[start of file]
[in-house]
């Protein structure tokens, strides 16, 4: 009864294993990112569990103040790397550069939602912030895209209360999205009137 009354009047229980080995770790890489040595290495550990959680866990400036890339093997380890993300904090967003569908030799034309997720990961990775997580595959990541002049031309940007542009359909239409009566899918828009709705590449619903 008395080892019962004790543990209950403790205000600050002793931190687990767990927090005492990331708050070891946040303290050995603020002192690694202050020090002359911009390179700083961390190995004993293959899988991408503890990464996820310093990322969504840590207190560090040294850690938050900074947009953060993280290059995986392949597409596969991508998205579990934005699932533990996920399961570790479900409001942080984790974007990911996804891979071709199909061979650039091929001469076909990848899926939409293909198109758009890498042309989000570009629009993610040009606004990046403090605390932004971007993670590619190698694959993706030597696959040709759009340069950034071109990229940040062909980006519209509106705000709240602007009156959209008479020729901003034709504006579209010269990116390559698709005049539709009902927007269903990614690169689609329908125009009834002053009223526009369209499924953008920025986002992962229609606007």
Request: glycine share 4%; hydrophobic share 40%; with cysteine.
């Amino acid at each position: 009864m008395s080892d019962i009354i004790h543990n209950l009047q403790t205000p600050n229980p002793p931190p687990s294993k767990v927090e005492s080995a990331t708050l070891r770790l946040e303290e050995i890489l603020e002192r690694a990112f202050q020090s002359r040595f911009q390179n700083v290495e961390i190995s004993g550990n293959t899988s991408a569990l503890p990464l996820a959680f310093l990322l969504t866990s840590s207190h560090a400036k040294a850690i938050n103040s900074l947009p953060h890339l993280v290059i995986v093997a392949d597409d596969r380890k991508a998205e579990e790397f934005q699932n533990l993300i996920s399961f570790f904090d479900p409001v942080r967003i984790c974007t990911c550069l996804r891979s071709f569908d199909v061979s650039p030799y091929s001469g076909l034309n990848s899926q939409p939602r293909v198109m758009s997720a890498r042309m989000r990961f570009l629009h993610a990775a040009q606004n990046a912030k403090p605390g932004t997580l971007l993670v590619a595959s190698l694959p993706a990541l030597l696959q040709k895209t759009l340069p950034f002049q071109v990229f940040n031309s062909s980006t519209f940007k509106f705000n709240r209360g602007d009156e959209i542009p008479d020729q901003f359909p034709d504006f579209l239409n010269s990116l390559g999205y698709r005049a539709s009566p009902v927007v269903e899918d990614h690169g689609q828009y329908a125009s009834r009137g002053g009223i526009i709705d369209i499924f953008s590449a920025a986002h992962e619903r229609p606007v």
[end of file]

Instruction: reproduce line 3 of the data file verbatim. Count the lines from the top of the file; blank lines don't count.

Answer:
Request: glycine share 4%; hydrophobic share 40%; with cysteine.